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Credit Counseling Crisis

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As consumer debt problems grow, about nine million Americans seek out a consumer credit counseling agency annually. But a new report shows that consumers may be getting a raw deal as a new generation of credit-counseling agencies often harm debtors with improper advice, deceptive practices, excessive fees and abuse of their non-profit status. The Better Business Bureau says that complaints about credit counseling agencies nationwide had increased to 1,480 in 2002, up from 261 in 1998.
The new research report, released today by the National Consumer Law Center and Consumer Federation of America, found that some of these newer agencies do not make consumers’ payments on time, deceptively claim that fees are voluntary, and do not adequately disclose fees to potential clients. The NCLC/CFA report says that in an industry that rarely charged for counseling and other services a decade ago, most agencies now charge fees to set up a “Debt Management Program” or “DMP” and to maintain it on a monthly basis. The report says some agencies charge as much as a full month’s consolidated payment-usually hundreds of dollars-simply to establish an account. The report also found that some “non-profit” credit counseling agencies are increasingly performing like profit-making enterprises. Nearly every agency in the industry has non-profit, tax-exempt status. Nevertheless, some of these agencies function as virtual for-profit businesses, aggressively advertising and selling DMPs and a range of related services, maintaining close ties to for-profit firms, reaping high revenues and paying their executives salaries that are much higher than average for the non-profit sector.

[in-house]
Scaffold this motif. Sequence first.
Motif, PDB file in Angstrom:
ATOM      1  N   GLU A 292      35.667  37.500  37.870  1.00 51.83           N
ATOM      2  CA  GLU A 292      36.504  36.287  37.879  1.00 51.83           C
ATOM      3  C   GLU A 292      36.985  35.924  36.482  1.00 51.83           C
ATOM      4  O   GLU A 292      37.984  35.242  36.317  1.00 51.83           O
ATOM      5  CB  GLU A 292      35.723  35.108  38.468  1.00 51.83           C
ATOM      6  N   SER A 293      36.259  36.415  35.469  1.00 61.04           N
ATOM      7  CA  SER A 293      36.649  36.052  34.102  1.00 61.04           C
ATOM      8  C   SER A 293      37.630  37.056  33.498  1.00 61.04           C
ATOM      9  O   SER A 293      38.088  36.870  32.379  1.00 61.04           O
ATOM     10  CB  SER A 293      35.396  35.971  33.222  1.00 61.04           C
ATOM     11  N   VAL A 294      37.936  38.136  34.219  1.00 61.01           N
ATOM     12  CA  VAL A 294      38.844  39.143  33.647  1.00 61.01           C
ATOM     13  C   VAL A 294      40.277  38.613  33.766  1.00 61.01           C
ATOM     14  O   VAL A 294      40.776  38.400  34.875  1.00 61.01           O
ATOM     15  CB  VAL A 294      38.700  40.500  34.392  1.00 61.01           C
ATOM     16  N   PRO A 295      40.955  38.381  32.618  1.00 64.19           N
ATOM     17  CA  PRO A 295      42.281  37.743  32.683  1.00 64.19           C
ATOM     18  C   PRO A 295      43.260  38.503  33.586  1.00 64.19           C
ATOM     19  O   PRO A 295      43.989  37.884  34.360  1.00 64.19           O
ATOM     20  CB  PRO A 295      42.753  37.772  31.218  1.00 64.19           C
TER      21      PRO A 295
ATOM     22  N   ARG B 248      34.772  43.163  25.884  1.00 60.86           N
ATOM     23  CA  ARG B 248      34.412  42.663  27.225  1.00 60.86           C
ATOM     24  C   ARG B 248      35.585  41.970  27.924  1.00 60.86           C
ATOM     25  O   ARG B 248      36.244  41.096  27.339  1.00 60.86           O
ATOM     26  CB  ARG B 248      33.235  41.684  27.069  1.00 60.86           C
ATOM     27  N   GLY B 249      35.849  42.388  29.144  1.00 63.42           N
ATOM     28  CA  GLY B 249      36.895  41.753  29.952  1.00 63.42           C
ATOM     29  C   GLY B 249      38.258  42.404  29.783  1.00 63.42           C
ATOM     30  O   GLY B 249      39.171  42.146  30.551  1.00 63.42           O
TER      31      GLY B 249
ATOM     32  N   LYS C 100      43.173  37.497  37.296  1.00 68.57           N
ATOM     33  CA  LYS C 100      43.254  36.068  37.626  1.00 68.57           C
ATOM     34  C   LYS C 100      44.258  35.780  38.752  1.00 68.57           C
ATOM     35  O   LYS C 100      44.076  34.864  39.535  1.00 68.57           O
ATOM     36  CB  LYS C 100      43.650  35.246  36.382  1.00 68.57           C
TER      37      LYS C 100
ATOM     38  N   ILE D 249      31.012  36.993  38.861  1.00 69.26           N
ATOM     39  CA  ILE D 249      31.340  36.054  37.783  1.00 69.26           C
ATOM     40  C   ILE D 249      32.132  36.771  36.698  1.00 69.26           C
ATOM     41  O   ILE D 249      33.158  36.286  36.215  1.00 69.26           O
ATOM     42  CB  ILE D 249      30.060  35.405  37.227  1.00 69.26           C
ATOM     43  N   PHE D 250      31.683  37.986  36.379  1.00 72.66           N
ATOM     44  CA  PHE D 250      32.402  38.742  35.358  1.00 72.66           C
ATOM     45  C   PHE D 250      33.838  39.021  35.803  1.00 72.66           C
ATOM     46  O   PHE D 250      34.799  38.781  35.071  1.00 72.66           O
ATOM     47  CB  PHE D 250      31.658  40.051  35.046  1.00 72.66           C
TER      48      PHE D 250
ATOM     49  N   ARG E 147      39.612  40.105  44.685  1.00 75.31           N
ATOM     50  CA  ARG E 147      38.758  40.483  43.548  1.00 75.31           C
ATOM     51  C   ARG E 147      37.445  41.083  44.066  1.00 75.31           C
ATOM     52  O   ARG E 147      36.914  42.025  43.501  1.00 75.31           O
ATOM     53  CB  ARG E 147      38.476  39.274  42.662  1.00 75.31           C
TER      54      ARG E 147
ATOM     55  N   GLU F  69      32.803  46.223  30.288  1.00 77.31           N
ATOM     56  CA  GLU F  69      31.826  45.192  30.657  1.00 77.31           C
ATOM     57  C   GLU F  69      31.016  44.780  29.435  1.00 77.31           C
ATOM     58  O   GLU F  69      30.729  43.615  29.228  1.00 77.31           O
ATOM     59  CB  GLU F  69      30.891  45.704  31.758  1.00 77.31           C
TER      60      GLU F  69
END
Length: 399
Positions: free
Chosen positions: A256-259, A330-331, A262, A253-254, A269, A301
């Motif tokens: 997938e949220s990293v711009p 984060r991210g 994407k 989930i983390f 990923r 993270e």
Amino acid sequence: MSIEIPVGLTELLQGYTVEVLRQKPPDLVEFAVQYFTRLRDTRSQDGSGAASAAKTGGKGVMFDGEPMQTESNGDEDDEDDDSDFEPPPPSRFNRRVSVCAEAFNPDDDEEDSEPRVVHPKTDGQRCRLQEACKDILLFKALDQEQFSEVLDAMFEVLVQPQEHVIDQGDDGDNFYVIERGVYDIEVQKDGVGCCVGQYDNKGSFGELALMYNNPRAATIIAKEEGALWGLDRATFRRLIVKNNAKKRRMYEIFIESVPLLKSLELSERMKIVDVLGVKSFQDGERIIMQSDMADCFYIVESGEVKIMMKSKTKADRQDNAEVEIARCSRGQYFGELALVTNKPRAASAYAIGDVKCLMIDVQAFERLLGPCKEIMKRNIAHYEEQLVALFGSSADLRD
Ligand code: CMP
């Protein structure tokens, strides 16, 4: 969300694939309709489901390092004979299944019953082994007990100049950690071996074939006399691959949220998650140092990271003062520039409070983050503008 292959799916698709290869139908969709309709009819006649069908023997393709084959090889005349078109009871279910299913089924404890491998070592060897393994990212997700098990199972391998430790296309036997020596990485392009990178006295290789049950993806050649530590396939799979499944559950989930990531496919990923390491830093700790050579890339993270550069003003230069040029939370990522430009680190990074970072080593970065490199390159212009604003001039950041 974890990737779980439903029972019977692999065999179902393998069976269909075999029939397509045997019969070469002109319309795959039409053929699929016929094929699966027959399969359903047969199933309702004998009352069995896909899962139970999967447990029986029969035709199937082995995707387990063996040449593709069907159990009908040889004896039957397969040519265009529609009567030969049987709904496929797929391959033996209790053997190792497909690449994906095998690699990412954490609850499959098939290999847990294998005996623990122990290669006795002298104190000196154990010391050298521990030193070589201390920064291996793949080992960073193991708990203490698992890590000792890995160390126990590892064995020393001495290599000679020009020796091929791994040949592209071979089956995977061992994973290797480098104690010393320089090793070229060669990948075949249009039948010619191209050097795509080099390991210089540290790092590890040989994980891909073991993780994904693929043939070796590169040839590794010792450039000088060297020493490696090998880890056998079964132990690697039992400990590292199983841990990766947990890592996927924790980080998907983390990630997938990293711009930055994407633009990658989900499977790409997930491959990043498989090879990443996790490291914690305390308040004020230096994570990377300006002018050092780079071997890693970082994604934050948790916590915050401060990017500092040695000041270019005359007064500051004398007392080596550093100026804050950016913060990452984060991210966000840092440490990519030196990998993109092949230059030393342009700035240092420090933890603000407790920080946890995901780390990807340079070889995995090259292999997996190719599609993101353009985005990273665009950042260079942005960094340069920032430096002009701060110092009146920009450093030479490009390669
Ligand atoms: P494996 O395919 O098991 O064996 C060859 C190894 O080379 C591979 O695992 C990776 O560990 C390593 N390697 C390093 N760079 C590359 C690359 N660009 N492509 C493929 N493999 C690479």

The NCLC/CFA says the root of the problem lies with financial institutions. Major banks have reduced funding to credit counseling agencies, a trend that started in the mid-1990s. Credit card issuers historically paid agencies 15% of the debt they recovered from borrowers in DMPs. By 2002, however, one credit counseling trade association (the National Foundation for Credit Counseling) was reporting an average contribution of just 8 percent. More recent data collected for this report indicates that creditors often contribute less than 8 percent, but on a sliding scale, depending on the ability of individual agencies to meet a range of requirements. As available revenue has declined, most agencies have curtailed the range of services they offer and have increased the fees they charge to consumers.

Most creditors are also becoming increasingly unwilling to reduce interest rates for consumers who enter debt management programs. In the last four years, five of 13 major credit card issuers have increased the interest rate they offer to consumers in DMPs (Bank One/First USA, Discover, Chase Manhattan, Fleet and Wells Fargo). Only two creditors, Providian and Capital One, have lowered rates during the same period, which still leaves Capital One’s interest rate at a very high 15.9%. Sears, which generally charges interest rates above 20%, continues to refuse to negotiate any discount. Bank of America, on the other hand, will completely eliminate interest for consumers in a DMP. Other creditors that charge relatively low rates are Chase Manhattan, at 7%, and Providian, at 8%.

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